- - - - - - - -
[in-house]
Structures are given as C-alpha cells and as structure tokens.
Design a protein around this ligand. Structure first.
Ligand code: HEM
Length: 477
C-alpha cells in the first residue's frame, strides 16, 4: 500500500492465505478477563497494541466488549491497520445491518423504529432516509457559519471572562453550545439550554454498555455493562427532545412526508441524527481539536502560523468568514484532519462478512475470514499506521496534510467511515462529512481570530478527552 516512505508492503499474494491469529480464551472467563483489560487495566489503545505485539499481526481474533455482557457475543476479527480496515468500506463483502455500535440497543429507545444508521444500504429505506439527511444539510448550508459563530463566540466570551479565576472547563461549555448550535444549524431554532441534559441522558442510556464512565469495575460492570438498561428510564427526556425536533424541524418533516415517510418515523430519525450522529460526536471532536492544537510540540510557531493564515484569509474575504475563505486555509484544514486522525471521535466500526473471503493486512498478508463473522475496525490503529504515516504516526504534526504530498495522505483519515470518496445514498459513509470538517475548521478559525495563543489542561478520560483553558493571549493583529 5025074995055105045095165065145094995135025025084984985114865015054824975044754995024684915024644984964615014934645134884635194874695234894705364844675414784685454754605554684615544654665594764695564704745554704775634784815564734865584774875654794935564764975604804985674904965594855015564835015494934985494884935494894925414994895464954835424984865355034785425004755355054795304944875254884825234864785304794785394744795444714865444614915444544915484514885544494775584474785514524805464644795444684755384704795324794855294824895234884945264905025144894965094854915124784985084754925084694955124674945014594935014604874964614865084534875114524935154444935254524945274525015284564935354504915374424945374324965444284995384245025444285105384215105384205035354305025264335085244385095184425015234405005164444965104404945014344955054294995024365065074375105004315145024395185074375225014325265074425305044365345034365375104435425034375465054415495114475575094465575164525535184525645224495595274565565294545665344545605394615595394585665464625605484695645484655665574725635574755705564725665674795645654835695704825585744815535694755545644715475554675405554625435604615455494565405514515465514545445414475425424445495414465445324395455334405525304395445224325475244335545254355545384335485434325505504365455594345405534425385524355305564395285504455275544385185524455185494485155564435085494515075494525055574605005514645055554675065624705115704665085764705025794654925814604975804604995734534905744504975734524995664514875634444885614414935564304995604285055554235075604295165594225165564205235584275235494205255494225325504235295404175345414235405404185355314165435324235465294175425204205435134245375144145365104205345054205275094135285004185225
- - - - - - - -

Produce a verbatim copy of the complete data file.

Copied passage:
[in-house]
Structures are given as C-alpha cells and as structure tokens.
Design a protein around this ligand. Structure first.
Ligand code: HEM
Length: 477
C-alpha cells in the first residue's frame, strides 16, 4: 500500500492465505478477563497494541466488549491497520445491518423504529432516509457559519471572562453550545439550554454498555455493562427532545412526508441524527481539536502560523468568514484532519462478512475470514499506521496534510467511515462529512481570530478527552 516512505508492503499474494491469529480464551472467563483489560487495566489503545505485539499481526481474533455482557457475543476479527480496515468500506463483502455500535440497543429507545444508521444500504429505506439527511444539510448550508459563530463566540466570551479565576472547563461549555448550535444549524431554532441534559441522558442510556464512565469495575460492570438498561428510564427526556425536533424541524418533516415517510418515523430519525450522529460526536471532536492544537510540540510557531493564515484569509474575504475563505486555509484544514486522525471521535466500526473471503493486512498478508463473522475496525490503529504515516504516526504534526504530498495522505483519515470518496445514498459513509470538517475548521478559525495563543489542561478520560483553558493571549493583529 5025074995055105045095165065145094995135025025084984985114865015054824975044754995024684915024644984964615014934645134884635194874695234894705364844675414784685454754605554684615544654665594764695564704745554704775634784815564734865584774875654794935564764975604804985674904965594855015564835015494934985494884935494894925414994895464954835424984865355034785425004755355054795304944875254884825234864785304794785394744795444714865444614915444544915484514885544494775584474785514524805464644795444684755384704795324794855294824895234884945264905025144894965094854915124784985084754925084694955124674945014594935014604874964614865084534875114524935154444935254524945274525015284564935354504915374424945374324965444284995384245025444285105384215105384205035354305025264335085244385095184425015234405005164444965104404945014344955054294995024365065074375105004315145024395185074375225014325265074425305044365345034365375104435425034375465054415495114475575094465575164525535184525645224495595274565565294545665344545605394615595394585665464625605484695645484655665574725635574755705564725665674795645654835695704825585744815535694755545644715475554675405554625435604615455494565405514515465514545445414475425424445495414465445324395455334405525304395445224325475244335545254355545384335485434325505504365455594345405534425385524355305564395285504455275544385185524455185494485155564435085494515075494525055574605005514645055554675065624705115704665085764705025794654925814604975804604995734534905744504975734524995664514875634444885614414935564304995604285055554235075604295165594225165564205235584275235494205255494225325504235295404175345414235405404185355314165435324235465294175425204205435134245375144145365104205345054205275094135285004185225